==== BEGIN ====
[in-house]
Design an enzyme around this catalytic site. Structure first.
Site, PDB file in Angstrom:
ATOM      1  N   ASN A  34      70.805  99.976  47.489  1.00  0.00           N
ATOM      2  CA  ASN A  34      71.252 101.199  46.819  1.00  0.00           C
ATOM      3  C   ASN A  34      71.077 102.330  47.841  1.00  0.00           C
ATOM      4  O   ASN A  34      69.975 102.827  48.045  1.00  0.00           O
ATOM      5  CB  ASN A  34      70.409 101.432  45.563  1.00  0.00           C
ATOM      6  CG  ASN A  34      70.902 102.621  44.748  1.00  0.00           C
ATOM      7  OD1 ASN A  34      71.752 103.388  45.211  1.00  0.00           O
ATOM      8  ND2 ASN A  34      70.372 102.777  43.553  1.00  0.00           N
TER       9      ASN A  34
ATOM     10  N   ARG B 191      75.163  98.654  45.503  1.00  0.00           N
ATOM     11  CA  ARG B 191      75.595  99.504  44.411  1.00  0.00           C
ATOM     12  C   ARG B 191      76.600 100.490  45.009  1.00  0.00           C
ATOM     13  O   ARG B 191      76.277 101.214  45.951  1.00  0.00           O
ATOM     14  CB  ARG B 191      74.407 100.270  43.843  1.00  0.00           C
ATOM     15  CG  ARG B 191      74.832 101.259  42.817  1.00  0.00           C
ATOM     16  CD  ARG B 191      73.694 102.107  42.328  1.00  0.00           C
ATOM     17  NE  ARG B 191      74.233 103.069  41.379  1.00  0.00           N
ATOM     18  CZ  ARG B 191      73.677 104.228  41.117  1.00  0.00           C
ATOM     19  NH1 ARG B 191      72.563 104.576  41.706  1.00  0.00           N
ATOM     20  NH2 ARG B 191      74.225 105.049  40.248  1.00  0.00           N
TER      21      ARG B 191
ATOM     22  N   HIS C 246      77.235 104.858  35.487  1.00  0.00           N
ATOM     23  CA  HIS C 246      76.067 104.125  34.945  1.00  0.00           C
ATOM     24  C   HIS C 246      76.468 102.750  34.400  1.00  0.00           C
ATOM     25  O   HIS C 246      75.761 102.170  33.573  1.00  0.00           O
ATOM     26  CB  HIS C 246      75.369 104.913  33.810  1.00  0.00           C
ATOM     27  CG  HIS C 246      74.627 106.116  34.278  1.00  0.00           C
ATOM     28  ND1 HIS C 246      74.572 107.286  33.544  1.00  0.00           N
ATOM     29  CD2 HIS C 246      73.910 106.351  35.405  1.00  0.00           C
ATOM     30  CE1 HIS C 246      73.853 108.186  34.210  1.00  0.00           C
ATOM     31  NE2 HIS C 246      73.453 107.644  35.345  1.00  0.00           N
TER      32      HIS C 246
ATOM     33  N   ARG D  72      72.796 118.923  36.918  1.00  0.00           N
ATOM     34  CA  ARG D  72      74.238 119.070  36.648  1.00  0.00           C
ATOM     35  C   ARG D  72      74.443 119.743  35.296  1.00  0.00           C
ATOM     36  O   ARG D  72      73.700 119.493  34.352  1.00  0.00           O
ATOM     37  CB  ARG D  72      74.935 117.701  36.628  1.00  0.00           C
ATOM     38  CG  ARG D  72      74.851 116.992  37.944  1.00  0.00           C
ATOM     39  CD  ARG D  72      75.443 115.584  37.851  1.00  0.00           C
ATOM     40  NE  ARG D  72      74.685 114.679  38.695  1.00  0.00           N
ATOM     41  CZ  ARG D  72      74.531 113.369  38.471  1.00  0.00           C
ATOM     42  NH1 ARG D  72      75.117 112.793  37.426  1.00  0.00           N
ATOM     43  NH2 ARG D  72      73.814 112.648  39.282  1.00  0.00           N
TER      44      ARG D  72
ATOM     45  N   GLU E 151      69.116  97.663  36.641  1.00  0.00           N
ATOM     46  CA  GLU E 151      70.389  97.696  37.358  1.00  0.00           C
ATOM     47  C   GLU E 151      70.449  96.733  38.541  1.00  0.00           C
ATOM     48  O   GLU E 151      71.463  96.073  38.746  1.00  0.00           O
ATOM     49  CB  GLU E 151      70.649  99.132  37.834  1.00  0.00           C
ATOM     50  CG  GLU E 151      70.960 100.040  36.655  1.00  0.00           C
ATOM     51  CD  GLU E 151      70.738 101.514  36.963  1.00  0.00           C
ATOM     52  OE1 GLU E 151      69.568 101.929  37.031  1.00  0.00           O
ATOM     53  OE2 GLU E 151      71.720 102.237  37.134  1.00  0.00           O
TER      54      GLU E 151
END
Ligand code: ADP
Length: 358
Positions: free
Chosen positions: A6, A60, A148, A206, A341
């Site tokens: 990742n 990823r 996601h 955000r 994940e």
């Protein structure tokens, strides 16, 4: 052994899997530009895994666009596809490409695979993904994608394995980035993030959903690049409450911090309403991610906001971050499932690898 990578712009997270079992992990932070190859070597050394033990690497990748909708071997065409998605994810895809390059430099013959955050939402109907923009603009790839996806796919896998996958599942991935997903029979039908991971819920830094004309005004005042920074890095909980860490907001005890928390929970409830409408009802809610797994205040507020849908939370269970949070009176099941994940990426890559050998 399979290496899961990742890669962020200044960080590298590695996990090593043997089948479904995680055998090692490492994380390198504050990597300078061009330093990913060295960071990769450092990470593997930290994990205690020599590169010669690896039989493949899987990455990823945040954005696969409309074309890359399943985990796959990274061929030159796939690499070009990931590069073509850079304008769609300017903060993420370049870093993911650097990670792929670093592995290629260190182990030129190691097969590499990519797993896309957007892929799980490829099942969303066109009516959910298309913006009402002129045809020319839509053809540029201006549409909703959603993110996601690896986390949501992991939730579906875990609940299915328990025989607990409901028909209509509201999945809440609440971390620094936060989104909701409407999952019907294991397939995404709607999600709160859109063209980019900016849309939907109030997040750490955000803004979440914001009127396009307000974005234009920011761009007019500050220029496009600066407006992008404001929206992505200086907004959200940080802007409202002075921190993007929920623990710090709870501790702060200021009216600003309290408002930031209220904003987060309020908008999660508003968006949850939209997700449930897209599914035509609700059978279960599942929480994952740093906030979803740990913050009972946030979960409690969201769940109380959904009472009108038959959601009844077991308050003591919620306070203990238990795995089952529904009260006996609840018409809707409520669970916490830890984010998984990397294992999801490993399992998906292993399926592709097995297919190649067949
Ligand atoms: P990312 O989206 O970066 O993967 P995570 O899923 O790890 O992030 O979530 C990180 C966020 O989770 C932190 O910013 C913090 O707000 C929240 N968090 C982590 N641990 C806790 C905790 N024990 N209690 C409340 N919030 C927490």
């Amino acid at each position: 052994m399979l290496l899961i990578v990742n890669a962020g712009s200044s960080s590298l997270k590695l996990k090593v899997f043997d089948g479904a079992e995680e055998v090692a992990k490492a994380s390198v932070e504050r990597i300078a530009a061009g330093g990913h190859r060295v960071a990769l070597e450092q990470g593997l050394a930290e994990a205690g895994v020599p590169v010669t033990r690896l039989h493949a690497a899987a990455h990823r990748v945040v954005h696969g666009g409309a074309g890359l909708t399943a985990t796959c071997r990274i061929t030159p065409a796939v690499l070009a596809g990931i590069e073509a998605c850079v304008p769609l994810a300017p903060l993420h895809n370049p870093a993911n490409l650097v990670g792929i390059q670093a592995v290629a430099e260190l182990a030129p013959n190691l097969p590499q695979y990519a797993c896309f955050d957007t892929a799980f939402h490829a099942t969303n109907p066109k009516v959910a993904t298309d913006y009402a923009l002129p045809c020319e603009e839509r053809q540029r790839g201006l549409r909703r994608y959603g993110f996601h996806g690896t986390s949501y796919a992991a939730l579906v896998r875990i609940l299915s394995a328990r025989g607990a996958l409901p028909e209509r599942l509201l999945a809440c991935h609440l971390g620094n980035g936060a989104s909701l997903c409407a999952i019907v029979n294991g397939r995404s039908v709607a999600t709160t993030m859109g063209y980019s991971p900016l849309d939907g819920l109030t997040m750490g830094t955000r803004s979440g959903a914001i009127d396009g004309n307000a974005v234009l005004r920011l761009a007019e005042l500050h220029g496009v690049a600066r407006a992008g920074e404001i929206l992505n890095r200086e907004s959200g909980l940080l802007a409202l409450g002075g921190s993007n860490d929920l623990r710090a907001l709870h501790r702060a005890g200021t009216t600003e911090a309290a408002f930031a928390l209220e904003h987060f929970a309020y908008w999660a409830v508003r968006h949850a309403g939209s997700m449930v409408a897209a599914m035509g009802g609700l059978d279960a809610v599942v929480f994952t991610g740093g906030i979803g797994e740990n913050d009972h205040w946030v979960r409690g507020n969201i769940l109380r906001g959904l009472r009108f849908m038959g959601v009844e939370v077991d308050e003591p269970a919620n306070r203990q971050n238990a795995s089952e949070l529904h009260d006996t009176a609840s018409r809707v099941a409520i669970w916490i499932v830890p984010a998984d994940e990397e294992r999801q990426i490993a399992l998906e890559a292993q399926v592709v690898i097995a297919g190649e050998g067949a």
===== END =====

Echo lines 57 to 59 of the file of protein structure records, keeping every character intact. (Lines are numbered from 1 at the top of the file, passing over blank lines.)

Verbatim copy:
TER      54      GLU E 151
END
Ligand code: ADP